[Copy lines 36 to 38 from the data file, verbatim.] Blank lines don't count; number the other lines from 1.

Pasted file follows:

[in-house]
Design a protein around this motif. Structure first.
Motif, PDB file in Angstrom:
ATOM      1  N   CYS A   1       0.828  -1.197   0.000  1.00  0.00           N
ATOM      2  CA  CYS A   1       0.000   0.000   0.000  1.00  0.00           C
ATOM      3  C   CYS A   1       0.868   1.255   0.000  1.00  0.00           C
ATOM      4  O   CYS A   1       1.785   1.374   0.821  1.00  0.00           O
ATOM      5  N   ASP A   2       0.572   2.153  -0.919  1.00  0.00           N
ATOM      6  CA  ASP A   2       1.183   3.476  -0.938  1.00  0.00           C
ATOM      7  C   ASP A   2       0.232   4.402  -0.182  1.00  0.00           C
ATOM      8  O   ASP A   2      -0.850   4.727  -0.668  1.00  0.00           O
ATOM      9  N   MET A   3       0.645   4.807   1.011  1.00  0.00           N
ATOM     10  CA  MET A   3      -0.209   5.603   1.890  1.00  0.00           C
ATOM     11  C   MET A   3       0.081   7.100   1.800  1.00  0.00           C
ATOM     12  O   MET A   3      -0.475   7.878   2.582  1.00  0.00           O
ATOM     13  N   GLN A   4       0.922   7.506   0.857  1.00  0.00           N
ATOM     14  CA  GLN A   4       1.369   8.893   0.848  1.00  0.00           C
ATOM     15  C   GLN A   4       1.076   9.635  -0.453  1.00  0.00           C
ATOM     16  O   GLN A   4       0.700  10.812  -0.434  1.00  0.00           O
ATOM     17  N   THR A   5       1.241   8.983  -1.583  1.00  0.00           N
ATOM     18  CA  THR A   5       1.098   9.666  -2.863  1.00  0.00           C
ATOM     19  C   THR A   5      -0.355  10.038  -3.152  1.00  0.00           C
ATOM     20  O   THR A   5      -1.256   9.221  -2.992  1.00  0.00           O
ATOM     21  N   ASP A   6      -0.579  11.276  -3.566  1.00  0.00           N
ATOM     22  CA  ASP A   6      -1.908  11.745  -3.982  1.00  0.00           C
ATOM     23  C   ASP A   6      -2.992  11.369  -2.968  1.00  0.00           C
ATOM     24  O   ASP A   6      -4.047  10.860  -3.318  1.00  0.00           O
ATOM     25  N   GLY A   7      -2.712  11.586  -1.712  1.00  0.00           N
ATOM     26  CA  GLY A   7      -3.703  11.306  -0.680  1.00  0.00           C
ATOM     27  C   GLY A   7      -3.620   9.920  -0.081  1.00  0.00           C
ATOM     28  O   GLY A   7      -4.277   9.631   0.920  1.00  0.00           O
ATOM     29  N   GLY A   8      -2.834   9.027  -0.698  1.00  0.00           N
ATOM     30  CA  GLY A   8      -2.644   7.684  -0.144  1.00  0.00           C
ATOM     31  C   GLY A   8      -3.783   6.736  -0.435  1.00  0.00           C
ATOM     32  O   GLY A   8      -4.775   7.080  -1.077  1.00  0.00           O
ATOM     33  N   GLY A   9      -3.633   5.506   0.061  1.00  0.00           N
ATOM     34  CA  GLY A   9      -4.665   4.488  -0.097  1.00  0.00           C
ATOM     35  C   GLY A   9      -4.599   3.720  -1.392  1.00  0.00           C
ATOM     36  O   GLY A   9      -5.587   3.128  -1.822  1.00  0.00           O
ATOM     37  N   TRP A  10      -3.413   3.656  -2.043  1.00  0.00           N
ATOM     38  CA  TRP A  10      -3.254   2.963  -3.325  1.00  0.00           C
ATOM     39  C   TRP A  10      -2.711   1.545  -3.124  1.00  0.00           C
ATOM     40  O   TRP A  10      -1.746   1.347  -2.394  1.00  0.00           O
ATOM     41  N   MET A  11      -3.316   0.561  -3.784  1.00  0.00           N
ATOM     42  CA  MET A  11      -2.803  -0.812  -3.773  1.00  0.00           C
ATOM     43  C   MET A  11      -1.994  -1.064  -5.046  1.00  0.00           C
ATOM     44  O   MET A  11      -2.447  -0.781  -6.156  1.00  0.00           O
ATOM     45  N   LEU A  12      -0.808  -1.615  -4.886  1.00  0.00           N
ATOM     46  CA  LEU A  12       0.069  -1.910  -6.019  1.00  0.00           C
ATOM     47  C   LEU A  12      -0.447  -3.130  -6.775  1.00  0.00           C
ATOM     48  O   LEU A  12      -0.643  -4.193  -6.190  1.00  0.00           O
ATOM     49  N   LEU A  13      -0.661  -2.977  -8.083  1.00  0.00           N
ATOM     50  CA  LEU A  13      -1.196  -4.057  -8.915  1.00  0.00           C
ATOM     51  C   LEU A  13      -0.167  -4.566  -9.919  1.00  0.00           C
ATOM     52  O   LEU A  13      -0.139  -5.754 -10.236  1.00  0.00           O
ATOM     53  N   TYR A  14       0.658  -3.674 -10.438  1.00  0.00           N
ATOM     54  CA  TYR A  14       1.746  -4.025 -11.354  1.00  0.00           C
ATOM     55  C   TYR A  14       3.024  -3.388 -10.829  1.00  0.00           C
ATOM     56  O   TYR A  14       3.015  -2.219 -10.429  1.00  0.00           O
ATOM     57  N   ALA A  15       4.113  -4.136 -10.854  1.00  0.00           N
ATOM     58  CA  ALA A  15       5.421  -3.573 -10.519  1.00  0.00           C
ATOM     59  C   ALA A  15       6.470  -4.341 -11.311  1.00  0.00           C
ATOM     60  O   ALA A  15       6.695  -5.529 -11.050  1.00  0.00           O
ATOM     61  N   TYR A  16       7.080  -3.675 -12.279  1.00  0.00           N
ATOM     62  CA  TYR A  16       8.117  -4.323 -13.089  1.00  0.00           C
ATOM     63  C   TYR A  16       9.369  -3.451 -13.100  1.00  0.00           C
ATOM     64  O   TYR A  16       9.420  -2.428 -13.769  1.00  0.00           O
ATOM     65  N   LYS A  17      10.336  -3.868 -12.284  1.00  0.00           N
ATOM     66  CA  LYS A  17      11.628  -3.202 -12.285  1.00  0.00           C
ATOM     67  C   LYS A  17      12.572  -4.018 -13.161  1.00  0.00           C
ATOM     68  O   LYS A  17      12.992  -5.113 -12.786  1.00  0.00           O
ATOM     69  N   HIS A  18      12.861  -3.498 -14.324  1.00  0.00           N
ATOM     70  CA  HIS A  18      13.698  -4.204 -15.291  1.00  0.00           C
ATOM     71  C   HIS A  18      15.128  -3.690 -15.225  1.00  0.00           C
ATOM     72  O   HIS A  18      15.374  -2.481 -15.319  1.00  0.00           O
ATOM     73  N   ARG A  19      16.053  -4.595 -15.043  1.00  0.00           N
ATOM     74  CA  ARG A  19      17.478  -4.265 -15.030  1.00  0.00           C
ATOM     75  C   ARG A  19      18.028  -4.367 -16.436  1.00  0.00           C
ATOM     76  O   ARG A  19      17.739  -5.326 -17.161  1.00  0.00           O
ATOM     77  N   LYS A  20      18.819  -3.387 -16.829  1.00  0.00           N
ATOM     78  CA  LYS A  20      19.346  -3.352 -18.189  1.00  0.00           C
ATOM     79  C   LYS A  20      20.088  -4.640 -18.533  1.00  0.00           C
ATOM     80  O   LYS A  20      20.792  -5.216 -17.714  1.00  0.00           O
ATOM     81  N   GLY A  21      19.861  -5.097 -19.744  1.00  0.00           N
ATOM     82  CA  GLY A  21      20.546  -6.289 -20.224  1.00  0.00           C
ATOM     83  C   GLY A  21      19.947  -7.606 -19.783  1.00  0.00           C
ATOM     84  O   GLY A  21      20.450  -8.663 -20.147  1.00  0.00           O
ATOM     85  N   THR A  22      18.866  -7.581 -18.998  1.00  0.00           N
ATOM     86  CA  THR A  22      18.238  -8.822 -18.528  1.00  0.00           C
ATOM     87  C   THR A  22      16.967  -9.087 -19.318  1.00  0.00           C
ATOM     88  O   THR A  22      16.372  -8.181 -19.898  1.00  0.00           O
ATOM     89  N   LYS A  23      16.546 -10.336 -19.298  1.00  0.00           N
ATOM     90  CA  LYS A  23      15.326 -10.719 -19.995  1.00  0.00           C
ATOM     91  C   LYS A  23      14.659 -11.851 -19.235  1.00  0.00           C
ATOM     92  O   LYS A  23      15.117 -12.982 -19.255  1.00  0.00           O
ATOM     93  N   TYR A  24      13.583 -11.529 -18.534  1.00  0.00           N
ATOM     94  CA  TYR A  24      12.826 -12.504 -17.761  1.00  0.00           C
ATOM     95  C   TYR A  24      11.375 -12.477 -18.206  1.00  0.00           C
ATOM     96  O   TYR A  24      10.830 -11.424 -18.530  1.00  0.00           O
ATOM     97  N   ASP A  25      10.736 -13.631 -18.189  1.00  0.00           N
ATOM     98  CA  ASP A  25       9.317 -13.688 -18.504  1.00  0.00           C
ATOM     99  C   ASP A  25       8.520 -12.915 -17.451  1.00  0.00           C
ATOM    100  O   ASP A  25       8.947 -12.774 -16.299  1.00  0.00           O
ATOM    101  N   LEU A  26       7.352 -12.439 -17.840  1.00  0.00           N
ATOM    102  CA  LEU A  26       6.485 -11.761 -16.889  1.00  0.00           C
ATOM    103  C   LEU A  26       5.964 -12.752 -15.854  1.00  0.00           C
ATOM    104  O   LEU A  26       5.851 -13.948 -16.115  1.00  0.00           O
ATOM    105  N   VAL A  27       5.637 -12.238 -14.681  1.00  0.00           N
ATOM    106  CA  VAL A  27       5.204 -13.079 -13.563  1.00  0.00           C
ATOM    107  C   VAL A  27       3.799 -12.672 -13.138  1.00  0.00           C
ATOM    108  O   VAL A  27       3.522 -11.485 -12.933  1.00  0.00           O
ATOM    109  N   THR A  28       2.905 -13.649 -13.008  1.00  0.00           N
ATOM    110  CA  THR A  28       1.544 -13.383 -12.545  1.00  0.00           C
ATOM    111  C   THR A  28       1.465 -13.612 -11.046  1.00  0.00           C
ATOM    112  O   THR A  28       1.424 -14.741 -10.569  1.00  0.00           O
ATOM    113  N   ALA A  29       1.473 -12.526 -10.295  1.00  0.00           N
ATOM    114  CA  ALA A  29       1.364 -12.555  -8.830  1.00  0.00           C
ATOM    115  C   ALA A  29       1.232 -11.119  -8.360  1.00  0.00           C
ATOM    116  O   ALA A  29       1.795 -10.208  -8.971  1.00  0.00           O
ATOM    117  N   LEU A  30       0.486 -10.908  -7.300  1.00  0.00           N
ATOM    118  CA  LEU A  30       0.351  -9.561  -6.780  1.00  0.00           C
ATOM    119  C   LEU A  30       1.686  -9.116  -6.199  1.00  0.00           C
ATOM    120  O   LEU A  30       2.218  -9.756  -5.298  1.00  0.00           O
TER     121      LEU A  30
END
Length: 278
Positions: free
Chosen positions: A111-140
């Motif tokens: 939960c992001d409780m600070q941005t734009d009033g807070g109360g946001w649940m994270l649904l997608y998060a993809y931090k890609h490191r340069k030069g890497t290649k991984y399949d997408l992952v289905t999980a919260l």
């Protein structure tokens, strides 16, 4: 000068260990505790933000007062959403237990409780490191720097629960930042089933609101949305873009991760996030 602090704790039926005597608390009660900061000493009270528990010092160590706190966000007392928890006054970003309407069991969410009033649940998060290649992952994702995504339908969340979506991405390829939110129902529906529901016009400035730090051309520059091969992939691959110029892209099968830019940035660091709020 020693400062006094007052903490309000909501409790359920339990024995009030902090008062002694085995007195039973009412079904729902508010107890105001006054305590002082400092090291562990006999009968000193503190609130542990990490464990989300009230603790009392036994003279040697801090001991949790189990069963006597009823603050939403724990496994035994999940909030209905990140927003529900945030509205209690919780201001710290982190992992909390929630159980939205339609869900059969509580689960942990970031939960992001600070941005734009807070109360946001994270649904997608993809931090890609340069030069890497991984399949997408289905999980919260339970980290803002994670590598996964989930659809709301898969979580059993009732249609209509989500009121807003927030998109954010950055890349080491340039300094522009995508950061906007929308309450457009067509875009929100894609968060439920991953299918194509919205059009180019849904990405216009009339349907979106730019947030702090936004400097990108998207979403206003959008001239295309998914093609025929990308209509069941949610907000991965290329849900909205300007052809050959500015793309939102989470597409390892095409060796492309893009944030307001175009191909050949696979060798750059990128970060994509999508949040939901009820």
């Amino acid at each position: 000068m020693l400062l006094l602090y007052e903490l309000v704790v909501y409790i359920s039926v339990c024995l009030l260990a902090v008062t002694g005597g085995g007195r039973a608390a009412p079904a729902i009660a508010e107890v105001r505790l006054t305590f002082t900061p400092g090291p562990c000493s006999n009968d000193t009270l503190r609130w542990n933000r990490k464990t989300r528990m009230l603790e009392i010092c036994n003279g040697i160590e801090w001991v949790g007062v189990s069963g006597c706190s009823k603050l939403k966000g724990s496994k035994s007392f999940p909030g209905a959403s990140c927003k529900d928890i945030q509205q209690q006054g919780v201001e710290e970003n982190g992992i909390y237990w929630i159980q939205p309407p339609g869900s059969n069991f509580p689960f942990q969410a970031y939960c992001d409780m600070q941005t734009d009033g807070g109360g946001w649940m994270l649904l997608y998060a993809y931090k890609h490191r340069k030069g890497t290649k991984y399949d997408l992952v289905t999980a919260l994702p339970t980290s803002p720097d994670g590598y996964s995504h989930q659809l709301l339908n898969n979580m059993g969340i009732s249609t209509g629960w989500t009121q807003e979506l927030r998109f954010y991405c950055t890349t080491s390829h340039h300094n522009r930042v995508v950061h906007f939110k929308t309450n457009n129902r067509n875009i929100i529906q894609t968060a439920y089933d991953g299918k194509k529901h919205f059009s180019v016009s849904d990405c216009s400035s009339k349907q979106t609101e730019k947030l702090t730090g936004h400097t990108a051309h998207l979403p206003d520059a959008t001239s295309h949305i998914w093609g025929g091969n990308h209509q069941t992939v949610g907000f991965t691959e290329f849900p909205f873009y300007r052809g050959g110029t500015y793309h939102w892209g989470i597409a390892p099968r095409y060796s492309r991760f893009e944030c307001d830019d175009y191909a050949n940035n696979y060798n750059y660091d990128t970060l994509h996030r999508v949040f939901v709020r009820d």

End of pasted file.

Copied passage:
ATOM     33  N   GLY A   9      -3.633   5.506   0.061  1.00  0.00           N
ATOM     34  CA  GLY A   9      -4.665   4.488  -0.097  1.00  0.00           C
ATOM     35  C   GLY A   9      -4.599   3.720  -1.392  1.00  0.00           C